Nostalgic general store reaches its 99th year

Tyler
Tyler Clarke
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Published on August 17, 2014

Victor Prytula, 86, is seen outside of his store in the hamlet of Tway, which his father, John, opened in 1915 and which he’s run since his father’s death in 1947. 

Published on August 17, 2014

One of the aisles in the hamlet of Tway’s Prytula’s Country General Store is seen -- an eclectic range of items that include knick-knacks, toys, collectibles and practical household items.

Published on August 17, 2014

Victor Prytula.

Published on August 17, 2014

Victor Prytula

Published on August 17, 2014

John Prytula, the original owner of Prytula's Country General Store, is seen in this undated photo. 

Published on August 17, 2014

Victor Prytula

Published on August 17, 2014

Victor Prytula

Published on August 17, 2014

Victor Prytula

Published on August 17, 2014

Victor Prytula

Published on August 17, 2014

Victor Prytula

Published on August 17, 2014

Victor Prytula

Published on August 17, 2014

Victor Prytula

Walking into Prytula’s Country General Store, one’s first impression is a somewhat overwhelming blend of claustrophobia and nostalgia.

 

Lined with knick-knacks and toys of years and decades past, the store’s shelves are jam-packed from top to bottom, from wall to wall.  

After about a minute of wandering through the store without a soul in sight, owner Victor Prytula opens the store’s screen door, a bell sounding his presence.  

“I heard you coming from my house,” Prytula announces, offering a friendly smile.

Prytula explains that his home is two buildings down the gravel road that serves as the hamlet of Tway’s main street.

Prytula, 86, immediately launches into story-telling mode making guests to Prytula’s Country General Store feel as though he’s been waiting all day to see them.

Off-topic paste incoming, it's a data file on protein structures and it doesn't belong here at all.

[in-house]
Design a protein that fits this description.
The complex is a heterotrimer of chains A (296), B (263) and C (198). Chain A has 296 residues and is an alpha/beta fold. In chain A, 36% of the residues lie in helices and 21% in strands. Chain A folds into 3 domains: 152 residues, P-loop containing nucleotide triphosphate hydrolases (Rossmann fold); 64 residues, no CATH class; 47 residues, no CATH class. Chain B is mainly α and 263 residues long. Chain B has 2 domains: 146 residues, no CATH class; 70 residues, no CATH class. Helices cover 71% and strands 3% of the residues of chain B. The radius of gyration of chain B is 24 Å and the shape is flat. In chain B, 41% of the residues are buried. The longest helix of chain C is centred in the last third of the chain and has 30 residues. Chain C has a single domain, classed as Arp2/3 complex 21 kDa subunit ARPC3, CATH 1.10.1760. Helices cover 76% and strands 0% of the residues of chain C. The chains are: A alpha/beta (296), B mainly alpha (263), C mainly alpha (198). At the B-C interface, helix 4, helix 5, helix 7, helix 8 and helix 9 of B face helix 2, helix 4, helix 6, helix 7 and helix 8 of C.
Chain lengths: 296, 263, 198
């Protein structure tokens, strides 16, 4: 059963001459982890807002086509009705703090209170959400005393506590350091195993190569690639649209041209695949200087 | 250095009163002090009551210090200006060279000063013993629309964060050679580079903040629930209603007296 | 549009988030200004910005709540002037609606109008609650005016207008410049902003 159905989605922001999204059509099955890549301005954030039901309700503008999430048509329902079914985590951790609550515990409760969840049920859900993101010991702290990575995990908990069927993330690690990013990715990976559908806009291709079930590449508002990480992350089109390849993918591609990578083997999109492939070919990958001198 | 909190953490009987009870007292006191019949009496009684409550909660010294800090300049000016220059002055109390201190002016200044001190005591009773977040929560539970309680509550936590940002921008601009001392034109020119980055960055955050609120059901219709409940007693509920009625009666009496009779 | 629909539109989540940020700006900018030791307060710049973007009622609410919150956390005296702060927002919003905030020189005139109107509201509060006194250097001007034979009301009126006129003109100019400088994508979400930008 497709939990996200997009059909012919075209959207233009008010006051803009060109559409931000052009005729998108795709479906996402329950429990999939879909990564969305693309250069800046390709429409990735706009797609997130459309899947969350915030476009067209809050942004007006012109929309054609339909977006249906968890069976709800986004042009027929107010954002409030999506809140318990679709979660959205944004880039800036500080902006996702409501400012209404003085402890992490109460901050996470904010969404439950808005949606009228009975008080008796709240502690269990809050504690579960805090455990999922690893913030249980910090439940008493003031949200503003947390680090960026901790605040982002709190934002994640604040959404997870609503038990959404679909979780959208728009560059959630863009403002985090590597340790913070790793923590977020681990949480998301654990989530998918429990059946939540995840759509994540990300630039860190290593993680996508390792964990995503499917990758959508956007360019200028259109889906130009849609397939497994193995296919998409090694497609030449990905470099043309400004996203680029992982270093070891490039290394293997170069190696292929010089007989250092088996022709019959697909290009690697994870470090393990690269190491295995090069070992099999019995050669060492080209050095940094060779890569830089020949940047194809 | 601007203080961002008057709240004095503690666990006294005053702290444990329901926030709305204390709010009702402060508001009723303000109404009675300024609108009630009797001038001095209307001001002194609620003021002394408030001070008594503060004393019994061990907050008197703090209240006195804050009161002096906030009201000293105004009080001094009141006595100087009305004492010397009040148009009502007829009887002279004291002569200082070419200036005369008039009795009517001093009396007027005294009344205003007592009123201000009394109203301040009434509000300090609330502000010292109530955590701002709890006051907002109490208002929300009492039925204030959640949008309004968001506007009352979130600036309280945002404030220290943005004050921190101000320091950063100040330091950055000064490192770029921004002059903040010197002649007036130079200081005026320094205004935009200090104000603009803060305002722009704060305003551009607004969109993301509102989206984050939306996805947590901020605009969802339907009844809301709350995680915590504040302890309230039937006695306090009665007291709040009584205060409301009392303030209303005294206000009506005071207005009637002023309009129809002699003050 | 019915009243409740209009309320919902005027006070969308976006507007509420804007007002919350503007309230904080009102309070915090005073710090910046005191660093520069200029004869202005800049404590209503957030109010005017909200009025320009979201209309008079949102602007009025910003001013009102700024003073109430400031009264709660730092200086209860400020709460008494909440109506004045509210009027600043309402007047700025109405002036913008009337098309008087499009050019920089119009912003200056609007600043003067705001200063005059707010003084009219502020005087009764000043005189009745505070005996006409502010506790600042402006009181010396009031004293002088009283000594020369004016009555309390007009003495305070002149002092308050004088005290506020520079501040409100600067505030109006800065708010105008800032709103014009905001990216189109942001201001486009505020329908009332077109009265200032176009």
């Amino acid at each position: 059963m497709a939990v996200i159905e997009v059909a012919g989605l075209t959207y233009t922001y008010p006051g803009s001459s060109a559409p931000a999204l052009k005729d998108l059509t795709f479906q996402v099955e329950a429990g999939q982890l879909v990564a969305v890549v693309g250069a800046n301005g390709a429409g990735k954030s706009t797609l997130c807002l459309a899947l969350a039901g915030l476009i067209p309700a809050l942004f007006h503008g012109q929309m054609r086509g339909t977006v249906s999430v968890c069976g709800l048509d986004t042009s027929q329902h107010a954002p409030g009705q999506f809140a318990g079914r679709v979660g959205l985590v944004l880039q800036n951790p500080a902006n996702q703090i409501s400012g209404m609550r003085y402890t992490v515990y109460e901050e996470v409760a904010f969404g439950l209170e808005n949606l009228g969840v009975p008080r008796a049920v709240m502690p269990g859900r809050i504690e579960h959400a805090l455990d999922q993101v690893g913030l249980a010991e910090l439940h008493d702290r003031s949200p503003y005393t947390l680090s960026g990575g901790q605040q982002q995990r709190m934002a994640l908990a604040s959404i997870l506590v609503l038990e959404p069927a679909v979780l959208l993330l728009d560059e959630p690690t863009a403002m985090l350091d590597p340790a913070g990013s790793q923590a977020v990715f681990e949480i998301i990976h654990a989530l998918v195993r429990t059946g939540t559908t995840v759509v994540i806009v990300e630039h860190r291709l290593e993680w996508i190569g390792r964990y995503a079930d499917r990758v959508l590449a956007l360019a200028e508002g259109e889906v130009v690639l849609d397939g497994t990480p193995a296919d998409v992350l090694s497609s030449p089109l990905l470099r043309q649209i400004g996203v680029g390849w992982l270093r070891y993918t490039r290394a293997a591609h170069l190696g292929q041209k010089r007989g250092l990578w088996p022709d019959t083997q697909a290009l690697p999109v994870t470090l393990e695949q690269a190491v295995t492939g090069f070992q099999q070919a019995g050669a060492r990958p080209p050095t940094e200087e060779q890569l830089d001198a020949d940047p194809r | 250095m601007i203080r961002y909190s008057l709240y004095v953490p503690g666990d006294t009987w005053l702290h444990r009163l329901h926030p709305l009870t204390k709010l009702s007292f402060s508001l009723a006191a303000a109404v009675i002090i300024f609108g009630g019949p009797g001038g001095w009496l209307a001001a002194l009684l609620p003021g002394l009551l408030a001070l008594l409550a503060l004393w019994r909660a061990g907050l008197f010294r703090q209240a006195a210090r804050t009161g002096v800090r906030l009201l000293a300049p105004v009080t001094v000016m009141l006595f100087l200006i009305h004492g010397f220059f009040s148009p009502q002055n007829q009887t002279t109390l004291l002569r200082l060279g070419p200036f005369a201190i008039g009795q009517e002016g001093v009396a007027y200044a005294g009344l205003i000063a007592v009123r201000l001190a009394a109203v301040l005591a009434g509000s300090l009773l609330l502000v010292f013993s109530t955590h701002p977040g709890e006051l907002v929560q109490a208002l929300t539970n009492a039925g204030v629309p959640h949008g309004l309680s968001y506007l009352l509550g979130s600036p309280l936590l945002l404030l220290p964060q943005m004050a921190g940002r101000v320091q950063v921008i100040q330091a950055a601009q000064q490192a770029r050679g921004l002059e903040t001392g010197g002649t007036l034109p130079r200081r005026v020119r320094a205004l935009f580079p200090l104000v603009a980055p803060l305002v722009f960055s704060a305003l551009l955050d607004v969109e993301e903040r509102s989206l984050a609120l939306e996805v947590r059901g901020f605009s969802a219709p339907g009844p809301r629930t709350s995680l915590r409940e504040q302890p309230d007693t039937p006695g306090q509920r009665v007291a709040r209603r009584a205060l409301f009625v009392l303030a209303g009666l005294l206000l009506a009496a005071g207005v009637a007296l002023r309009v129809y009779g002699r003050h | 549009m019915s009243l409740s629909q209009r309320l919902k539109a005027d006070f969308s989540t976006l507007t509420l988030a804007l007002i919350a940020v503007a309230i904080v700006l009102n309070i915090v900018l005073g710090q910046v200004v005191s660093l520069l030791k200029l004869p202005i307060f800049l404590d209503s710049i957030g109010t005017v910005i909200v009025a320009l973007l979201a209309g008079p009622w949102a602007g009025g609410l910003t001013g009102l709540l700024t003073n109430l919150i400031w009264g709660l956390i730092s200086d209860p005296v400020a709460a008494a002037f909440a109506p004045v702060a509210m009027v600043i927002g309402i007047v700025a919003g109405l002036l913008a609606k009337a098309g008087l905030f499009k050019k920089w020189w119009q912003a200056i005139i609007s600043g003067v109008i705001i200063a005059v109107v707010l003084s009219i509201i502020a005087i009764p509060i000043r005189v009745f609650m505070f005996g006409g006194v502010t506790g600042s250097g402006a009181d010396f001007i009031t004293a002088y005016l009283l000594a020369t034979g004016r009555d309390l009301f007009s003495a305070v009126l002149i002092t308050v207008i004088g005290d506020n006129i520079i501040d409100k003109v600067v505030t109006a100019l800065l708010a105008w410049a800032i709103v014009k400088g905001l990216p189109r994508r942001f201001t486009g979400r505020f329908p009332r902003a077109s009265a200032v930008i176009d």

Just about every item in his store seems to have a story, which Prytula is keen to share alongside pride-filled stories about his two daughters and son.

“You could call this a general store and museum,” he said with a chuckle.

Walking behind the front counter, he pulls out a German belt buckle that he figures came from The Great War.

“Do you read in German?” he asks, pointing to a line on the buckle written in the language. “Somebody read it out to me, and I put it inside,” he said -- a phrase that he’s translated onto a small piece of paper that reads “God with us.”

Two hours move past quickly in this fashion, with Prytula never letting the conversation lag for anything greater than a few seconds.

Much has changed in Tway since his father, John, opened the general store on Aug. 14, 1915, Prytula said -- 99 years ago as of this month.

Tway’s population peaked at about 225 people in the 1950s, Prytula said, noting that it now hovers at “either nine or 12.”

Located about 37 kilometres south of Birch Hills and 73 kilometres southeast of Prince Albert, Tway is well detached from any major highway, with the nearest paved road a few kilometres away.

Originally intended to serve the area farming community with a John Deere and Imperial Oil outlet next-door, the general store has now become a tourist draw fed mainly by word of mouth.

The John Deere and Imperial oil outlet is long-closed, alongside a hotel and the balance of Tway’s business community -- Minus Prytula’s Country General Store, of course, which Prytula inherited from his father, John, who died in 1947.

The store’s last shipment of food came in about 20 years ago, shifting the business to its current gift shop/museum focus.

Pulling a doll out of an antique dresser, Prytula cranks a key to unleash its gentle song.

“When I fist got these dolls, this whole ledge was all dolls with a music box,” he said, his positive demeanor dropping for a moment. “Now these three are left.”

Lamenting the sale of certain items, he’s learned to put “not for sale” signs on certain items, and to stick to his guns in not selling them.

At 86 years of age, Prytula still comes into his store six days of the week, unlocking the front door at around noon every day except for Sunday.

Prytula said that he used to laugh off people’s suggestion that the store would make its 100th anniversary, but with no signs of slowing down, Prytula said he will do what he can to keep the doors open and his stories flowing. 

Organizations: Country General Store, Imperial Oil

Geographic location: Tway, Birch Hills, Prince Albert

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